I am interning for My Speech Matters, a speech therapy private practice for adults and children. I have aspirations to become a speech pathologist and would like to get insight into the working of a private practice and how they cater to NYC students. However, those who might have access to these things are still slighted. According to “NYC’s Special Education Crisis” written by Kevin Mahnken for The 74 Million, 50,000 NYC students were denied “students were denied special education services to which they were legally entitled in the 2016–17 school year.” Mahnken goes on to note that this is ¼ of city children who ultimately did not participate in the programs they were meant to take part in.
IEPs, or Individualized Educational Programs, is a document developed for each U.S. public school child who needs special education. Mahnken continues to give figures on just how many schools have IEPs and implement strategy from initial consultation. They note that 180,000 of NYC’s 1.1 million schools have IEPs. However, 23% of those are partially receiving those services and 4% were not receiving them at all. Though these numbers have grown compared to previous years, they have not grown enough.
At My Speech Matters licensed, speech therapists have extended knowledge in the field and provide speech services to students attending DOE schools and private schools. While this does not completely correct the insufficient care that some may be receiving inside of their schools, it does work to acknowledge the need for a better IEP program overall. Parents are not directly involved in in-school sessions between students and therapists. These sessions may also be group sessions in which students may not be catered to individually.
The questions of why isn’t every student who is in need of the services being evaluated properly through IEPs, and why are some students not getting the services they need are still present. There is also worry about the quality and timeliness of the services that students who are “fully receiving” services recommended through IEP receive. In the 2016-2017 school year “4,500 students had to wait more than 60 days — roughly one-fifth of a 10-month school year — for an IEP meeting after an initial evaluation.” Students who have learning impediments such as ADHD, autism, deafness, and speech related conditions miss out on the services that can be significantly aiding in their learning.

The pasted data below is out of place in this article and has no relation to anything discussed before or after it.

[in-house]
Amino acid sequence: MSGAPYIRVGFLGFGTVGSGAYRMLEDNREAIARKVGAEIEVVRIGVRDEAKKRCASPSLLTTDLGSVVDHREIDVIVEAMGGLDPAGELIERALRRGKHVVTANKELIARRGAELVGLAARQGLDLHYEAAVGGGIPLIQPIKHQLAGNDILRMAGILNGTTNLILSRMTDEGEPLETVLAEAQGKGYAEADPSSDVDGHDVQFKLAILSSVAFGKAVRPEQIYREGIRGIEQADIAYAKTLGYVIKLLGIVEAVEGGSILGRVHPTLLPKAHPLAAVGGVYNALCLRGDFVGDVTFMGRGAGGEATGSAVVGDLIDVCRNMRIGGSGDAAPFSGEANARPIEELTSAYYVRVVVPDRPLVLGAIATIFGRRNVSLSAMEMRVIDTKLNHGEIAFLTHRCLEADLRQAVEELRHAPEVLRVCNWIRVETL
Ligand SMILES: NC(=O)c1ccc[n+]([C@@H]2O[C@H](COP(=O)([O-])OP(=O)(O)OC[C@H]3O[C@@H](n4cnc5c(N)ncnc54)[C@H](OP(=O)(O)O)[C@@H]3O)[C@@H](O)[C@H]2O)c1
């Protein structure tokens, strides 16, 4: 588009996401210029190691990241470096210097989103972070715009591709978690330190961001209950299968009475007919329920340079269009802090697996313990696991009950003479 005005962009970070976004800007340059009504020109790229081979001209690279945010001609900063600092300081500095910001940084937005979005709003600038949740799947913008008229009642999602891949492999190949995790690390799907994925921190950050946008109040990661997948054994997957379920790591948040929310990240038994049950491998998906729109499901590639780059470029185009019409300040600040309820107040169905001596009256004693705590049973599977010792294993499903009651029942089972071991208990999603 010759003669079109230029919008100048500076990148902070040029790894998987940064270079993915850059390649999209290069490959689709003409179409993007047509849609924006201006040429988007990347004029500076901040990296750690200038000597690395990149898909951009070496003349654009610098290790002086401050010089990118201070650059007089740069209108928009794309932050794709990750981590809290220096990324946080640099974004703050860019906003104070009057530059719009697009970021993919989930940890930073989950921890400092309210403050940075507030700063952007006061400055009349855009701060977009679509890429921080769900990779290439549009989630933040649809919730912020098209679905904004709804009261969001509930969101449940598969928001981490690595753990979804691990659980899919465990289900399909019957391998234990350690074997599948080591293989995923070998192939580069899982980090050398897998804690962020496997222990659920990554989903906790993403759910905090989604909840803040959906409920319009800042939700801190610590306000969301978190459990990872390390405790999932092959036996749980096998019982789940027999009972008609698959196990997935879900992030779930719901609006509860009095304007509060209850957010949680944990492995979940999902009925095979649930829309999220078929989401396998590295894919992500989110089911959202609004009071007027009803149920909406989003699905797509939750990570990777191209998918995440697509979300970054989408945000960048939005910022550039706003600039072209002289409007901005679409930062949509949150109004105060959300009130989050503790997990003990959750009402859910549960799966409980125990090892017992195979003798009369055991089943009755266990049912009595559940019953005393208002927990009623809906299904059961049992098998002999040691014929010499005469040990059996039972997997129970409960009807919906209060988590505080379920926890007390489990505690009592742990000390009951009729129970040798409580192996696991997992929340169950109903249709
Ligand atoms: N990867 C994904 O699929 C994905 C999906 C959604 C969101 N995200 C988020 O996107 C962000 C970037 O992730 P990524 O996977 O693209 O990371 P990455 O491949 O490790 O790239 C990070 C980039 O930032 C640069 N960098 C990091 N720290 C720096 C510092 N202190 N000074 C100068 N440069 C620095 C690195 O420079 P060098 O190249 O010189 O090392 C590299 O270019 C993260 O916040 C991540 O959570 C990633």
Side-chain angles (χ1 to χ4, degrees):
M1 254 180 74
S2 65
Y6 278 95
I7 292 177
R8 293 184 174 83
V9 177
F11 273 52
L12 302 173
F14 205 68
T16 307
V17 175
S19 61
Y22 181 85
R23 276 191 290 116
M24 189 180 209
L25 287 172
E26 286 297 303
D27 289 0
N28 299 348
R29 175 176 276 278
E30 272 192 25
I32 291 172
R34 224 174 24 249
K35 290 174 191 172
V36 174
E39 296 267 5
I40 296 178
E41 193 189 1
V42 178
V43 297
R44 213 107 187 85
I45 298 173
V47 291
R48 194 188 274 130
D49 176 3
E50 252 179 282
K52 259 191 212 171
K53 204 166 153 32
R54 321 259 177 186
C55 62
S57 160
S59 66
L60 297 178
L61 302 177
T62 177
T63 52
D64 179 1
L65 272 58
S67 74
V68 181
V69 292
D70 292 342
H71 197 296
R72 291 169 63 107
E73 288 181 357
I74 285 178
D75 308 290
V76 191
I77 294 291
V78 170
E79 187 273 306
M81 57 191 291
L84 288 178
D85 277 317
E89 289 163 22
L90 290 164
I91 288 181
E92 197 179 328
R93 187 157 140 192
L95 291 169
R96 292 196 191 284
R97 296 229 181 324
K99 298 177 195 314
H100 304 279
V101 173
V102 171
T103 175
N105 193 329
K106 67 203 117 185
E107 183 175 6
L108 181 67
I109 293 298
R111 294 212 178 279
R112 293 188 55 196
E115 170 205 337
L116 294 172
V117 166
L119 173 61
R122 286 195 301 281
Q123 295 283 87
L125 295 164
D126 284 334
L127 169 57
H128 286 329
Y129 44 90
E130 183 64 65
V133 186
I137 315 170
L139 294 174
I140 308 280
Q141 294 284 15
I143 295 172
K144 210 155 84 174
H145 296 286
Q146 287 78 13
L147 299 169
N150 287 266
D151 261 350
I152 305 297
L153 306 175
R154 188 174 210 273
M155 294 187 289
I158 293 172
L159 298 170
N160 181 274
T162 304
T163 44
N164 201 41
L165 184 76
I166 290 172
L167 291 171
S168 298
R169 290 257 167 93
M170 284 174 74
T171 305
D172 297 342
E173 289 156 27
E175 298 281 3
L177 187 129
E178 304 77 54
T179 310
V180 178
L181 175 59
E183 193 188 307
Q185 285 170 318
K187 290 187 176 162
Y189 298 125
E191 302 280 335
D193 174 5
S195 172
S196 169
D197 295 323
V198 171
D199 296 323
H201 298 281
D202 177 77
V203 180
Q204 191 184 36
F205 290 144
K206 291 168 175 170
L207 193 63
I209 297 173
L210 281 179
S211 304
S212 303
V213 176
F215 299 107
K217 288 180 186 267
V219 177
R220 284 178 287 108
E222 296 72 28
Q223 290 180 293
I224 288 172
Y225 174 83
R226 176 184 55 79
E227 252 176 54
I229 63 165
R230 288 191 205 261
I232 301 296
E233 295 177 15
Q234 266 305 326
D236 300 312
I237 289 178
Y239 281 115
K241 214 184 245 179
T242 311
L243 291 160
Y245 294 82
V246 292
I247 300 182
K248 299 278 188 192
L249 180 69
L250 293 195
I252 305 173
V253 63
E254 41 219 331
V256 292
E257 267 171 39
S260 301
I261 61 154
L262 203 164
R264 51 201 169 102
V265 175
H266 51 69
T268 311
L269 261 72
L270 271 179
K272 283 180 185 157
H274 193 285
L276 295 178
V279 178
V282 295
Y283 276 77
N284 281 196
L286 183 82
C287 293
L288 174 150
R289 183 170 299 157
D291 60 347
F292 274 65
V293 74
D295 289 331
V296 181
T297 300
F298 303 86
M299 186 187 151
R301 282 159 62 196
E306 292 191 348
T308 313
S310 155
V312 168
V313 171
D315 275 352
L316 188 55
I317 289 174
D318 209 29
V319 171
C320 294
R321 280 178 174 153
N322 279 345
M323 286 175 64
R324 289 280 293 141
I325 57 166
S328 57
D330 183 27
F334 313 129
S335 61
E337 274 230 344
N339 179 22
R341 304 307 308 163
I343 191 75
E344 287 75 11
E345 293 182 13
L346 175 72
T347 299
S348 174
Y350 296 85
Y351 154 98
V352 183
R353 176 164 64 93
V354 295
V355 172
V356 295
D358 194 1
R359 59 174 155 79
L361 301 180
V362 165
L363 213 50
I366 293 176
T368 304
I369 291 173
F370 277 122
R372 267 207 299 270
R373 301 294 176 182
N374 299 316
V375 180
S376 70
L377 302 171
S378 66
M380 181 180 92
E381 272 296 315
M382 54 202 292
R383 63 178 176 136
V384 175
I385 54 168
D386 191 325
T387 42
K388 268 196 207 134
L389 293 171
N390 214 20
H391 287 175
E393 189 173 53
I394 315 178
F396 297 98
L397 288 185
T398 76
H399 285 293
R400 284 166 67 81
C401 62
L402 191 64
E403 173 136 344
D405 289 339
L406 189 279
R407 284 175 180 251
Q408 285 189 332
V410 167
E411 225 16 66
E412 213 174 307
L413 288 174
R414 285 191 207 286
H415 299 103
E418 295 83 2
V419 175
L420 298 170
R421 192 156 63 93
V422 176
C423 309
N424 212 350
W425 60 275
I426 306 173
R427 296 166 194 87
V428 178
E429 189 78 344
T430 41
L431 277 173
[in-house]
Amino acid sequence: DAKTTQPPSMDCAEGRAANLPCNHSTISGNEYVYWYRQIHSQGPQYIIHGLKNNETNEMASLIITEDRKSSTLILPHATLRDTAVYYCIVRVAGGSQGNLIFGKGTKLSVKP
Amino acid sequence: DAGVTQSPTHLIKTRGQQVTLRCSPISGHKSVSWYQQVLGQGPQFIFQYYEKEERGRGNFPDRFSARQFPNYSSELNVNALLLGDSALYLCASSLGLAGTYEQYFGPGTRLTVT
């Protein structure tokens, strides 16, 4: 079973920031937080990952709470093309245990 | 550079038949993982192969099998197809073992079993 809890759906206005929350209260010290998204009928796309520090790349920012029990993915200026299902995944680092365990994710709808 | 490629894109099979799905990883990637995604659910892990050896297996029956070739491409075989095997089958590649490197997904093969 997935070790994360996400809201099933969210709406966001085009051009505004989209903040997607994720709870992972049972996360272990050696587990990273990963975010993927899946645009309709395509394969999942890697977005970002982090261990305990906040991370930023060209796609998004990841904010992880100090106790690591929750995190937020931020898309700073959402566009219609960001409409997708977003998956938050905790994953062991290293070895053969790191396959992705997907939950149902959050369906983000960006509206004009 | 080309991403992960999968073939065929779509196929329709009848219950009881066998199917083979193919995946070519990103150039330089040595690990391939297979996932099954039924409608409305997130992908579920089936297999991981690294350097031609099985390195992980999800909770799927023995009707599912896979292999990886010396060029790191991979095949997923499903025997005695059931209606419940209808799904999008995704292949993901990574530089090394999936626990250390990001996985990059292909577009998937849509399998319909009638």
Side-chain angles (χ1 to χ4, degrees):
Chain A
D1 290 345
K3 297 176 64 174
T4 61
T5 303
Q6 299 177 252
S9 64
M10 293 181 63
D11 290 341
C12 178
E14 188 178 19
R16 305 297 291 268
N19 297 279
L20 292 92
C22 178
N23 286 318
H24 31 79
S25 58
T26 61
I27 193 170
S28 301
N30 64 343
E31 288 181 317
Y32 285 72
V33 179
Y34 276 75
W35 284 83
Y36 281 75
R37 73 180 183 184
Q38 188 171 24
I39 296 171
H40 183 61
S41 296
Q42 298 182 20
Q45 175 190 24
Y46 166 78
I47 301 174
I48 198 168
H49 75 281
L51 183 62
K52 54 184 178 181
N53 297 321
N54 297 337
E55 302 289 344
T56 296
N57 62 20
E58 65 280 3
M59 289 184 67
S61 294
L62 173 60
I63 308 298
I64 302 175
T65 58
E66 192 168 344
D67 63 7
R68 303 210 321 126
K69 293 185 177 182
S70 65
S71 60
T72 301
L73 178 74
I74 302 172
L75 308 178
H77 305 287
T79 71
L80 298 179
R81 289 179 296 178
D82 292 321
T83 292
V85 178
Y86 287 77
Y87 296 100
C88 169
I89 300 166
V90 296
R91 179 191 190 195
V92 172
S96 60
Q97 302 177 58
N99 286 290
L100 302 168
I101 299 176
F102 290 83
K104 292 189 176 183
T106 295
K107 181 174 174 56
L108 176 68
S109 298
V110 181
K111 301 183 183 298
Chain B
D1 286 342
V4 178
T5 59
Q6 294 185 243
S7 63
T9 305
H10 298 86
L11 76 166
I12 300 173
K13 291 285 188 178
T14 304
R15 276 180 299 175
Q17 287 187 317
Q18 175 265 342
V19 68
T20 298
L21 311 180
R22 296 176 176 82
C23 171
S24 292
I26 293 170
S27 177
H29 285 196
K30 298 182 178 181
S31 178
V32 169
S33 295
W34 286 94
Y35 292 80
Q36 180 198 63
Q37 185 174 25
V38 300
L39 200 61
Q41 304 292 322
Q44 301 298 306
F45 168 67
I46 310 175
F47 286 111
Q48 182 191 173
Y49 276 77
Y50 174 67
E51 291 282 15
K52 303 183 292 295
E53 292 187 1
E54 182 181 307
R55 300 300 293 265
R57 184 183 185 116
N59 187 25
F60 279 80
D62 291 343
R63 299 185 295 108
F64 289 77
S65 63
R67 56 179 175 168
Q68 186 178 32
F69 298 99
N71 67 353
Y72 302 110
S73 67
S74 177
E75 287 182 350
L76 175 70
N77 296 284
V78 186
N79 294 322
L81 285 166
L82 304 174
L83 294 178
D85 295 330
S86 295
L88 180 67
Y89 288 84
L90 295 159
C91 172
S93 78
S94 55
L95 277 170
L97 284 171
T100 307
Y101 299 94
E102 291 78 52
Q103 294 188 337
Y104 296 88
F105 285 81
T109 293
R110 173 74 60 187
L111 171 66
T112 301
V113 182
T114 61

In recent news, amidst the pandemic, schools have naturally curtailed many services as the transition to virtual classroom learning in its initial stages are presented to be arcane and challenging. Special education programs have bared the brunt of these cutbacks. It is important to acknowledge that many students do not have access to technology at home as they would in the classroom. Just how services like occupational therapy and speech therapy will now be provided remotely has been under consideration. According to Alex Zimmerman in “NYC Gives the OK to shrink special education services amid coronavirus upheaval” for Chalkbeat some were concerned as to how meticulous educators will be about special education programs granted they were not obliged to replicate the classroom setting.
Some child sessions with My Speech Matters are essentially, outside-of-the-school sessions for students whose schools do not have in-house speech therapists. Most of the IEPs that these young children come to sessions with are watered down, and do not genuinely reflect the unique needs of the students. We can look towards the overwhelming need for supplemental educational services and underwhelming, unmatched supply. During these times My Speech Matters has been giving teletherapy sessions to all, and while they may not look 100% like in person sessions, they work to continue this need despite the shutting down of schools.
I have been able to sit in on many of these sessions with children who attend public NYC schools and take notes on the session basics, cataloging any questions that I may have. Issues with technology will always be an issue, but the sessions I observe work to further the organization’s implied mission of bringing the appropriate services to those who rightfully need them.
I will continue to observe these sessions which have been supplemented by collecting information on parent groups, and school speech pathologists in the area in hopes of piecing together my introduction into this internship. These are only small steps. The real change will come once the DOE takes IEPs seriously and once the services provided are all encompassing and do not turn away students based on bias or perceived lack of need.